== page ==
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Ralph Liebing
Senior Member
Username: Rliebing

Post Number: 32
Registered: 02-2003
Posted on Thursday, August 07, 2003 - 03:33 pm:   Edit PostDelete PostPrint Post

Stray reference we have run across-- have you heard of it, and can explain it, and how it functions?

"UL Seismic Hazard Exposure Group"

Thanks for your help.
Margaret G. Chewning CSI CCS
Senior Member
Username: Presbspec

Post Number: 9
Registered: 01-2003
Posted on Thursday, August 07, 2003 - 04:33 pm:   Edit PostDelete PostPrint Post

Its a new one to me! I put the title into google and dogpile search engines and the only place it pointed was to the Global Documents Group. Checked there also and there were no UL documents in their listings with "Seismic" in the title.
You have me curious now.
Helaine K. Robinson CCS
Junior Member
Username: Hollyrob

Post Number: 3
Registered: 07-2003
Posted on Thursday, August 07, 2003 - 04:57 pm:   Edit PostDelete PostPrint Post

A visit to the UL Website produces:

UL opens network equipment-building system (NEBS) environmental facility

"The focal point of the facility's interior is the "earthquake machine" a servo-hydraulic shake table that can simulate earthquakes measuring approximately 7.0 on the Richter scale on samples weighing up to 5,000 pounds. The table is mounted to a seismic mass consisting of a 25-foot by 25-foot by 8-foot mass of concrete and steel weighing a mammoth 400 tons. The facility also contains an airborne contaminant chamber, a vibration table, an altitude chamber and two humidity/temperature chambers. The altitude chamber, for example, can simulate an altitude up to 20,000 feet above sea level with a temperature range of minus 40 degrees Celsius up to 180 degrees Celsius."

"NEBS stands for "Network Equipment-Building System." It is a term commonly used to refer to a family of documents that apply to telecommunications equipment located in a Central Office. Two of the most common documents used for testing are GR-63-CORE, Network Equipment-Building System Requirements: Physical Protection, and GR-1089-CORE, Electromagnetic Compatibility and Electrical Safety -- Generic Criteria for Network Telecommunications Equipment.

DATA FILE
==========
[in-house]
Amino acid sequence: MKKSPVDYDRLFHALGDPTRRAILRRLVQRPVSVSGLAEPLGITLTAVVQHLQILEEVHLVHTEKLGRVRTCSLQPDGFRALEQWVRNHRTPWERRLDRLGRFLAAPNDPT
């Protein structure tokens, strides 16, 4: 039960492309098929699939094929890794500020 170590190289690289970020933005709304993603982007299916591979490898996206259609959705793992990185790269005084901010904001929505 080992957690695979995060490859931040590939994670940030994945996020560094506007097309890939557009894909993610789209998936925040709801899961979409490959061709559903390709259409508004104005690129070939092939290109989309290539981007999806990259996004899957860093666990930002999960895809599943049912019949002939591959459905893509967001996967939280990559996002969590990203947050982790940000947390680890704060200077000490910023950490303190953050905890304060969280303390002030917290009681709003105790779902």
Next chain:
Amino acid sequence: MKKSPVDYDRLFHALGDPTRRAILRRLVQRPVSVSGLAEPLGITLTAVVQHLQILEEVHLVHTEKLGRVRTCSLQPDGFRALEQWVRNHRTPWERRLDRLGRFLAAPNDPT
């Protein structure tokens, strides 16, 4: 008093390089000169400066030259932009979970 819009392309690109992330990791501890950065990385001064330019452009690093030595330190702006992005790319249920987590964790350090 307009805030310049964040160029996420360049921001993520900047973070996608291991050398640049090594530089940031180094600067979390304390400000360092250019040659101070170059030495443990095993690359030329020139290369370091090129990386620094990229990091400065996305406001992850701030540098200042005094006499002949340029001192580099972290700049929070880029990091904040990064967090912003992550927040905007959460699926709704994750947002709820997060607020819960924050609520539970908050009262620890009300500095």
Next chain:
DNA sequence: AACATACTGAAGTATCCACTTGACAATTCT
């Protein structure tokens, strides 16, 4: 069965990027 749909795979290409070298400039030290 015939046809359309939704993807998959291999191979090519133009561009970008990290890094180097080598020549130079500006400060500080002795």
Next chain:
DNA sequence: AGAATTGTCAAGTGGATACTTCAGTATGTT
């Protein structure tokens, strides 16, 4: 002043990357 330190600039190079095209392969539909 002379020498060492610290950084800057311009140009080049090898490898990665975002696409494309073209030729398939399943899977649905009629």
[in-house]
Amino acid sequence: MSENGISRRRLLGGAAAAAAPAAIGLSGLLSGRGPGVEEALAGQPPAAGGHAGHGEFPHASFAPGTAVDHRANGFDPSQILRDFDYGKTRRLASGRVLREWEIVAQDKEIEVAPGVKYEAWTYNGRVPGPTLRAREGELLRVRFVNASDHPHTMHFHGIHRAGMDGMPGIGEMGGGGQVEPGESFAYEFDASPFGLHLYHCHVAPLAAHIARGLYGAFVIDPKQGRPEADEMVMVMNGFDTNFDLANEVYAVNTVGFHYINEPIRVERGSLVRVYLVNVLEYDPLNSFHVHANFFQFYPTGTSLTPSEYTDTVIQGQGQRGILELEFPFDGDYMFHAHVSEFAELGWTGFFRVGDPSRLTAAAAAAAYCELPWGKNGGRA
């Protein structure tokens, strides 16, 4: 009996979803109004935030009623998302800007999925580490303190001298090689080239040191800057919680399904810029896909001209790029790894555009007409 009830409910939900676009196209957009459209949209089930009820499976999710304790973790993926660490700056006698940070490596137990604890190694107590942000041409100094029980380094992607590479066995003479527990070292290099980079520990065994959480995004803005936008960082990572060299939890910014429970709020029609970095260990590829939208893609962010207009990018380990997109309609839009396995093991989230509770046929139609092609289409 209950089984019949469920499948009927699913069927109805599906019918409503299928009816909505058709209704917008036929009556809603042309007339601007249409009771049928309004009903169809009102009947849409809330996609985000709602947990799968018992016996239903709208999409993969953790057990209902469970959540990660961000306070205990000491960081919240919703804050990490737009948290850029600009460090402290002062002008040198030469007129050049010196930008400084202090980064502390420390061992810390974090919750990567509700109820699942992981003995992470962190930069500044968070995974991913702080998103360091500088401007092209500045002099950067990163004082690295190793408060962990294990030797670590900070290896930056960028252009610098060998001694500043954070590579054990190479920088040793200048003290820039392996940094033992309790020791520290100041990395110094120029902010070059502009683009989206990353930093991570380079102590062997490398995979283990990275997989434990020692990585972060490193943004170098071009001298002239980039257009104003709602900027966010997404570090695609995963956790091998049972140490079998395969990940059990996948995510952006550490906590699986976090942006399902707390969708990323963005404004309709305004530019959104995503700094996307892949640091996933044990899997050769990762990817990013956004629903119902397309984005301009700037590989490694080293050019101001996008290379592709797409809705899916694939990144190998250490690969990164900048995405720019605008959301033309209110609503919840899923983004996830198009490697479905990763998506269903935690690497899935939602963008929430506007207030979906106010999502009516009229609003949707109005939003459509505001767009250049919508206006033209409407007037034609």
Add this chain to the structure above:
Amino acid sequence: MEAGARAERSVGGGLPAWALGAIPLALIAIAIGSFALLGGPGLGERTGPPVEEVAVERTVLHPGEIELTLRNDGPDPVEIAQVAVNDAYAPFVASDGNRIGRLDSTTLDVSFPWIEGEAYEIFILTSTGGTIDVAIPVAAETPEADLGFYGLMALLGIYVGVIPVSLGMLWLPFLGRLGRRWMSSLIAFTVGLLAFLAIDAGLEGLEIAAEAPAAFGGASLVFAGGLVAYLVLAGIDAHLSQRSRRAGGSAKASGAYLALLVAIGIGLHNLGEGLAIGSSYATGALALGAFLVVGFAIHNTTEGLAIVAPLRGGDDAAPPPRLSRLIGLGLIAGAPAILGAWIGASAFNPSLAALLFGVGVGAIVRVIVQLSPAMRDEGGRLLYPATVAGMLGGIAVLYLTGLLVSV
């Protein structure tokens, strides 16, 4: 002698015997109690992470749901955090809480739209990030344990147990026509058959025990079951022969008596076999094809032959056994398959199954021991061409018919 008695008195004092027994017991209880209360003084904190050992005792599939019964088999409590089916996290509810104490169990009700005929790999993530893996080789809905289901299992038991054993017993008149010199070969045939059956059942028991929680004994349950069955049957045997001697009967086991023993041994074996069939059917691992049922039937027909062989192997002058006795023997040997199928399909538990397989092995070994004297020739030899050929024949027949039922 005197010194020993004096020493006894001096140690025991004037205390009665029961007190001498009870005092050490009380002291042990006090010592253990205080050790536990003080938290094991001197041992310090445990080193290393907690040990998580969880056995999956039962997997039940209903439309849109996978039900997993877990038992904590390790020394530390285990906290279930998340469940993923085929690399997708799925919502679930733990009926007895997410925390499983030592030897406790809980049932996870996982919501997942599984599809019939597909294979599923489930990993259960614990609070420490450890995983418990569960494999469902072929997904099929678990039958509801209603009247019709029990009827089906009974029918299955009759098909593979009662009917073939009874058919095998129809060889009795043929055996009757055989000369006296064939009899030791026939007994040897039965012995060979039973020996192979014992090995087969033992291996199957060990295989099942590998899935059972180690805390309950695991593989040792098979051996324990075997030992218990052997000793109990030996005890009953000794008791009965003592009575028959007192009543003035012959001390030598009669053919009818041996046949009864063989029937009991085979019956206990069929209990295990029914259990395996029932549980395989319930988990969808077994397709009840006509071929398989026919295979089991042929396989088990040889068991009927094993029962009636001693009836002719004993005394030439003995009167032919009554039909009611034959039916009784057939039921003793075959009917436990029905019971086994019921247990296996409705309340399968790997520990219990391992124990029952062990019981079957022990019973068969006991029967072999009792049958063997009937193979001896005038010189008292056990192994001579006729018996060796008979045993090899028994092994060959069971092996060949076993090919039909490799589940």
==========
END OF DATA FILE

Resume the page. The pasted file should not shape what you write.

Reliability of the telephone system is considered a national security issue, is demanded by consumers and makes good business sense. Therefore, NEBS testing is taken very seriously by both the Regional Bell Operating Companies (RBOCs) and other service providers as well as manufacturers developing equipment used for the telecommunications network"


A UL Trustee:

"Eugene J. Zeller

Zeller is the Director of Planning and Building for the City of Long Beach, Calif. A graduate of University of California, Los Angeles (UCLA), Zeller has held various board positions with the National Institute of Building Sciences (NIBS), including: past chairman of the Board of Direction for the Building Seismic Safety Council and current vice chairman for the Board of Direction for the Multihazard Mitigation Council. Zeller has also served on the board of directors for the American Society for Testing and Materials (ASTM). Zeller is a resident of Hacienda Heights, Calif."
Richard Howard, AIA CSI CCS
Username: Rick_howard

Post Number: 4
Registered: 07-2003
Posted on Thursday, August 07, 2003 - 04:58 pm:   Edit PostDelete PostPrint Post

I have not heard of UL having anything to do with classification of seismic hazards.

"Seimic Exposure Hazard Group" is a term that was used in the BOCA building code (1610.1.5 in my 1997 Kentucky code). Buildings were classified into Groups I, II, and III based upon type of occupancy (criticality and the importance of survivability). Group III included essential facilities, such as hospitals, police stations, fire houses, communication centers and power generating facilities; Group II included places of public assembly; and Group I coverd all other buildings.
Ralph Liebing
Senior Member
Username: Rliebing

Post Number: 33
Registered: 02-2003
Posted on Friday, August 08, 2003 - 11:41 am:   Edit PostDelete PostPrint Post

Thanks much, Richard. Obviously a goof by a "back-then" specer!

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